Can I Claim Personal Injury in Boston If I Was at Fault?
Every state has different laws when it comes to determining fault for a car accident, and some plaintiffs are able to secure compensation for their car accident damages even though they bear partial responsibility for causing those accidents. If you cause a car accident, you generally do not have grounds for a personal injury claim. However, if you only bear partial fault for an accident, Massachusetts law may allow you to secure a financial recovery through a successful personal injury claim and the help of a Boston injury lawyer. Additionally, some types of car insurance may cover some personal injury damages regardless of fault.
Comparative Negligence in Boston Injury Claims
If you or a loved one suffered injury in an accident in the Boston area, it is essential to determine liability for the accident and assess whether you bear any fault for causing it. Massachusetts follows a comparative negligence law that allows a plaintiff to recover personal injury damages even when the plaintiff bears fault for the accident. However, the plaintiff’s fault may not exceed the defendant’s.
For example, if an investigation into an accident claim determines the plaintiff was 40% at fault and the defendant was 60% at fault, the plaintiff would still be able to recover compensation. However, the plaintiff would lose 40% of the case award to reflect his or her fault. In a $100,000 claim, the plaintiff would lose $40,000 for a net recovery of $60,000 instead.
In the event a case involves multiple defendants, the plaintiff’s fault may not exceed the combined fault of the defendants. For example, if a plaintiff was 40% at fault, and three defendants shared the other 60% of the fault, the plaintiff could still recover even if each individual defendant’s fault percentage was less than the plaintiff’s 40%. Massachusetts law also allows an injured plaintiff to file separate claims against each defendant in an accident claim, and accepting a settlement offer from one defendant does not release the other defendants from their individual liability.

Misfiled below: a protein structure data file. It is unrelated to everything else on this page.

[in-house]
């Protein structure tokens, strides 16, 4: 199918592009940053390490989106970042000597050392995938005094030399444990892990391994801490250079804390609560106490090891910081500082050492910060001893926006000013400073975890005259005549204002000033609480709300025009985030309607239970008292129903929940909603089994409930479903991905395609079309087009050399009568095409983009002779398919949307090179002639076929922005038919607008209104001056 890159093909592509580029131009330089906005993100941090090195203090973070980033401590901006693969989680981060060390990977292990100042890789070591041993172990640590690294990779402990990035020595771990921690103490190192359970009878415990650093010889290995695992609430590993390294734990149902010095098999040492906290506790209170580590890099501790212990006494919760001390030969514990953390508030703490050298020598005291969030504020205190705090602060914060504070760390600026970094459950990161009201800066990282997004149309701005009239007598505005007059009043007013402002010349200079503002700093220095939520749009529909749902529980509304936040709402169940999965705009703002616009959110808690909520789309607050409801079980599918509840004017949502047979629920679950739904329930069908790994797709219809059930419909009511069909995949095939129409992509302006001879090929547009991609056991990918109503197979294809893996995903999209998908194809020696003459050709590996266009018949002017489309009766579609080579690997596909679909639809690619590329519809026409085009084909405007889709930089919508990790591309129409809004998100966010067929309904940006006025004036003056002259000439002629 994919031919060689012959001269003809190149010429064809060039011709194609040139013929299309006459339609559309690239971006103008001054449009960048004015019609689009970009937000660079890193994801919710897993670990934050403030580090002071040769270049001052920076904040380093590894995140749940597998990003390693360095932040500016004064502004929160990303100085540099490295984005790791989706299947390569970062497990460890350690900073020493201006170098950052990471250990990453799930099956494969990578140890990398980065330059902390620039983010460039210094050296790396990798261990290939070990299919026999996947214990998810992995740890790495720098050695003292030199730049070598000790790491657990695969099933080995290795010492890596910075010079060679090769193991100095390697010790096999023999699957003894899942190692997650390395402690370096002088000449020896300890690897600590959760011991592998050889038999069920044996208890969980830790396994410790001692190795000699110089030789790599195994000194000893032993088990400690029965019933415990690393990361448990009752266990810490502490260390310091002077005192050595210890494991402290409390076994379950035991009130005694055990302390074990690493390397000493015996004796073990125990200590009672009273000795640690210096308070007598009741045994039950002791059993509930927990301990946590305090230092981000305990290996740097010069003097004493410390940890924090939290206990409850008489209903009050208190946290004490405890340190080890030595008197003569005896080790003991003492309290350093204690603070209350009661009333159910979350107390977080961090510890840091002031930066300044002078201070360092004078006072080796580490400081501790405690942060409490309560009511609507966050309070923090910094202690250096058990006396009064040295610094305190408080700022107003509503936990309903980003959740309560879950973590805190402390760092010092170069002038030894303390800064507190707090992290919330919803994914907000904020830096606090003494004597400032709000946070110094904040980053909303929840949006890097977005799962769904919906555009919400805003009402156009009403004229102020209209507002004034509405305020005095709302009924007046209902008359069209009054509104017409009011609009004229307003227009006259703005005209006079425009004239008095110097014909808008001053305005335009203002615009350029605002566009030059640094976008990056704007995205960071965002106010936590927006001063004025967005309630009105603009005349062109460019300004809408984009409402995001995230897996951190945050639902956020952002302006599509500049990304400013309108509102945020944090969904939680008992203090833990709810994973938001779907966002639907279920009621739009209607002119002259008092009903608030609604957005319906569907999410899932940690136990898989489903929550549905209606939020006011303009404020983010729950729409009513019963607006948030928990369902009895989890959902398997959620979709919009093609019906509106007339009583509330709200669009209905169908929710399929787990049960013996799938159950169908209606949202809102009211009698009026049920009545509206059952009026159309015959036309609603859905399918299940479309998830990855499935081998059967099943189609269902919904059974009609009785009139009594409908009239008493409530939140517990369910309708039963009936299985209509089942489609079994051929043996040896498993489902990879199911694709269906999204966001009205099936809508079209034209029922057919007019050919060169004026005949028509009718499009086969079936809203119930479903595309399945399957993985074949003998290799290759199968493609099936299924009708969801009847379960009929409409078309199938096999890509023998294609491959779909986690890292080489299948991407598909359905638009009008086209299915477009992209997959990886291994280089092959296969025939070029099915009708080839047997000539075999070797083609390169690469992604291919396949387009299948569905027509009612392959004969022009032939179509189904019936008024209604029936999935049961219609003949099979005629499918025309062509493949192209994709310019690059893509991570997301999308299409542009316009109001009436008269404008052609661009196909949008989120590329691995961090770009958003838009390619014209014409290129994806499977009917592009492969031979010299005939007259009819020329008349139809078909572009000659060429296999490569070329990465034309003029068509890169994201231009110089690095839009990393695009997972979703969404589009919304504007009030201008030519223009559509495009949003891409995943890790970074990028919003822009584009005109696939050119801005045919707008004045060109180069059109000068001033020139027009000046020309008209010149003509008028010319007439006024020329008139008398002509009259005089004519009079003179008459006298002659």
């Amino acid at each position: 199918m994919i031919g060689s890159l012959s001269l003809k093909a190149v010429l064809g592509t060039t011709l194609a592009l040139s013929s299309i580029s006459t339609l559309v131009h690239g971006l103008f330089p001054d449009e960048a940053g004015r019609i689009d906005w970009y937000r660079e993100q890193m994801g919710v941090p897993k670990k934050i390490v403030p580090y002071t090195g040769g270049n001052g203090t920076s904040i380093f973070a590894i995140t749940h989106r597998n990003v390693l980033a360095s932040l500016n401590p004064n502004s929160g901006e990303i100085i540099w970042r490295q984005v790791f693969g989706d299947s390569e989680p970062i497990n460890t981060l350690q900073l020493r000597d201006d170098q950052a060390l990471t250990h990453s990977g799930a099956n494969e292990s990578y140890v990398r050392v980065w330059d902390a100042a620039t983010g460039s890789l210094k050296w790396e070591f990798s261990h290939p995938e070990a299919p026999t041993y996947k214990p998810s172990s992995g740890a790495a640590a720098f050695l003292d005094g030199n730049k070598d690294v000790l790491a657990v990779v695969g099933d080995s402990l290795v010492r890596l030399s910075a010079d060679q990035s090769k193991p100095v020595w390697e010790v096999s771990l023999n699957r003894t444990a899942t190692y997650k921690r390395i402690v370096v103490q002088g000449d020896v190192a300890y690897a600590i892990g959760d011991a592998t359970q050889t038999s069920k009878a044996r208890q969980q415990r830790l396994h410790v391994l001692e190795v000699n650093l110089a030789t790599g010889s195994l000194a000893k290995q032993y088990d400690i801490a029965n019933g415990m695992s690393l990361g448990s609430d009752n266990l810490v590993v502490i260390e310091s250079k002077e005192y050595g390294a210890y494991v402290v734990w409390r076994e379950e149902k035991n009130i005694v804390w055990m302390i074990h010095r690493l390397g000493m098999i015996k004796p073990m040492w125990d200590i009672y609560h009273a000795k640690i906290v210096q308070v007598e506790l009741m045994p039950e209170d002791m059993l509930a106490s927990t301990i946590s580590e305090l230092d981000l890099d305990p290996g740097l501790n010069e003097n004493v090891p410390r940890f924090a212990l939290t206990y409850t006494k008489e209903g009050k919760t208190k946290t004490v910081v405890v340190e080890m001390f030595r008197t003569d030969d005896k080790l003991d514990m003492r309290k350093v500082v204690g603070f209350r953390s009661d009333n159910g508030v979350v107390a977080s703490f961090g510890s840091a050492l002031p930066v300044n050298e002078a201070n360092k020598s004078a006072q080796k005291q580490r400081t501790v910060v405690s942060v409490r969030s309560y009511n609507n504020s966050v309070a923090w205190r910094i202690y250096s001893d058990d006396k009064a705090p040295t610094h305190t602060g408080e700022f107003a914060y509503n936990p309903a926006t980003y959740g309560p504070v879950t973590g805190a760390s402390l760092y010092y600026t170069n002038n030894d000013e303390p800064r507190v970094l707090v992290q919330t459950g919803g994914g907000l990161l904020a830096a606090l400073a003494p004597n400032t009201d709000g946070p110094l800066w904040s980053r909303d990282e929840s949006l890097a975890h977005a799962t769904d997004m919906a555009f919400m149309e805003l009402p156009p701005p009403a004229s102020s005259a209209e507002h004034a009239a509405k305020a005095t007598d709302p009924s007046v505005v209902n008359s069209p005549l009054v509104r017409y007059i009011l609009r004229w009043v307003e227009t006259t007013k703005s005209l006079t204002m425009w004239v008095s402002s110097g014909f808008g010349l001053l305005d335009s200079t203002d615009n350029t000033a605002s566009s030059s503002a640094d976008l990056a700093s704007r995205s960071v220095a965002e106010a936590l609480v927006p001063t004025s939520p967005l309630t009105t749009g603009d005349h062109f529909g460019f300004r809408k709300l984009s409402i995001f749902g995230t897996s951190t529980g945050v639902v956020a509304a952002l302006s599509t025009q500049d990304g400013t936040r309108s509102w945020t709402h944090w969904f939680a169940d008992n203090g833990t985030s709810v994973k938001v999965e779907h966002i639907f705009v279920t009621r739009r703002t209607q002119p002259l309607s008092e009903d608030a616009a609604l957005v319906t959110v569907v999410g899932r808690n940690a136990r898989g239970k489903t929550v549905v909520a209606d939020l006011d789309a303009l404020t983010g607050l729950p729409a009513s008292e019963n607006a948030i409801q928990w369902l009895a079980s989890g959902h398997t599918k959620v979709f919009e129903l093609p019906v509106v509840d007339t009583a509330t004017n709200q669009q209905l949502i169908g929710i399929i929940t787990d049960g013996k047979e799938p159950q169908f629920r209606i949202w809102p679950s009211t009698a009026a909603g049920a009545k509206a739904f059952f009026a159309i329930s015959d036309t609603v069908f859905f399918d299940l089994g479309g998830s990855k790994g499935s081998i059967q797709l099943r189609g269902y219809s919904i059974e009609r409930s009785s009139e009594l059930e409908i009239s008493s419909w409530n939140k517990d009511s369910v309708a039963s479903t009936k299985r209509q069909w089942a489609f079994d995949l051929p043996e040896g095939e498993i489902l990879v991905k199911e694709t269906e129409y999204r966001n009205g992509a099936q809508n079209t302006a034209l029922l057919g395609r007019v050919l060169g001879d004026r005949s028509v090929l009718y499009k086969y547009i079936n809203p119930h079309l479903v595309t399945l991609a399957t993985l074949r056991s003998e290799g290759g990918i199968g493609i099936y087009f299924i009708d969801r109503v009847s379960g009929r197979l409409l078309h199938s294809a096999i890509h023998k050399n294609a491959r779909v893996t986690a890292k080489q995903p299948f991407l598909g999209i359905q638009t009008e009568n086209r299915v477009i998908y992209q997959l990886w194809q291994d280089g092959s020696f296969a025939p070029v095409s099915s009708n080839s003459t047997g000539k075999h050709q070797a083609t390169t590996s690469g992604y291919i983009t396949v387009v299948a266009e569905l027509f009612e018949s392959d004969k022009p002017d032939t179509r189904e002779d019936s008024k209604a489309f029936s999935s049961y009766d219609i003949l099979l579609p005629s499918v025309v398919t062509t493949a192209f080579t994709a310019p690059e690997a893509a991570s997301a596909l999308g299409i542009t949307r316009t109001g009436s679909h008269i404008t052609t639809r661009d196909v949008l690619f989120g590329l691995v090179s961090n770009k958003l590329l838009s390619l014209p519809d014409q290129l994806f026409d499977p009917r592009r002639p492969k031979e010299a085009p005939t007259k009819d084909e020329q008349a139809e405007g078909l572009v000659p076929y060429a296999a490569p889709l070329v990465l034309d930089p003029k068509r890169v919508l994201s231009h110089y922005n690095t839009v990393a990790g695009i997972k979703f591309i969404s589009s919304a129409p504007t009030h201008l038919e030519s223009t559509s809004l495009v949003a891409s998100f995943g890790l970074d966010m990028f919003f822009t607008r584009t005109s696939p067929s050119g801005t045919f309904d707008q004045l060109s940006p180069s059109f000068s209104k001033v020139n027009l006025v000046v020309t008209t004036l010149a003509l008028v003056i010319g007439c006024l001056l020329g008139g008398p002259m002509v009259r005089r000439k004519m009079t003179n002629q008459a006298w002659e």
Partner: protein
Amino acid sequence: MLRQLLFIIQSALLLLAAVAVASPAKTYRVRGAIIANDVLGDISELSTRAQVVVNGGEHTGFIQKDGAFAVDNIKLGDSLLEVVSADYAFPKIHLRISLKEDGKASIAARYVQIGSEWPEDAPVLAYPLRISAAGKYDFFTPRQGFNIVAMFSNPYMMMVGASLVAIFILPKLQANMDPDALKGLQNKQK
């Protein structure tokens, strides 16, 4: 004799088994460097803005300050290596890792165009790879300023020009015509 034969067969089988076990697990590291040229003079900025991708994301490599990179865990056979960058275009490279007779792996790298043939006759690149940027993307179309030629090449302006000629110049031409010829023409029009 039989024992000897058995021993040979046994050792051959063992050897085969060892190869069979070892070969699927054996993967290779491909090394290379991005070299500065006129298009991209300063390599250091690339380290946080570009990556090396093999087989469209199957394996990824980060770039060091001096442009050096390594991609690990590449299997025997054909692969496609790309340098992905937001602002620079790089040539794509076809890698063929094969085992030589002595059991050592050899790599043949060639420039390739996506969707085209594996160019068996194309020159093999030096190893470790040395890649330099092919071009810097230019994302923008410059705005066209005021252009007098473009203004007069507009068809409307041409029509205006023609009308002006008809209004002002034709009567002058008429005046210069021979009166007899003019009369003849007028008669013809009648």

The No-Fault States and Other Insurance Options
Some injury claims do not require determining fault. Ten U.S. states follow no-fault laws when it comes to car accidents, requiring injured drivers to file injury claims against their own Personal Injury Protection policies after accidents regardless of who caused those accidents. If you cause a car accident in a no-fault state and the resulting damages fall within the scope of available coverage, you can file an injury claim against your own policy for recovery. However, you should expect your premium rate to increase in response.
Drivers in states with fault-based laws for handling car accidents may still be able to file injury claims if they cause accidents. For example, if a driver causes an accident with another driver and his or her auto liability coverage pays for the other driver’s damages, the at-fault driver could secure recovery for his or her own damages if the at-fault driver has collision coverage, comprehensive coverage, or any other “catch-all” coverage that applies regardless of fault.
Ultimately, if you cause an accident you should expect to absorb liability for the resulting damages and face minimal options for your own recovery. However, the location where the accident took place and the behavior of the other parties involved could influence your options. When shopping for auto insurance, be sure to consider adding optional coverage that can apply regardless of fault and try to find a healthy balance of premium affordability and coverage. Insurance could be what saves you after causing an accident, but you should expect to pay for your actions in some way. For example, if you are fortunate enough that insurance covers your damages, you should still expect a premium increase after receiving your claim settlement.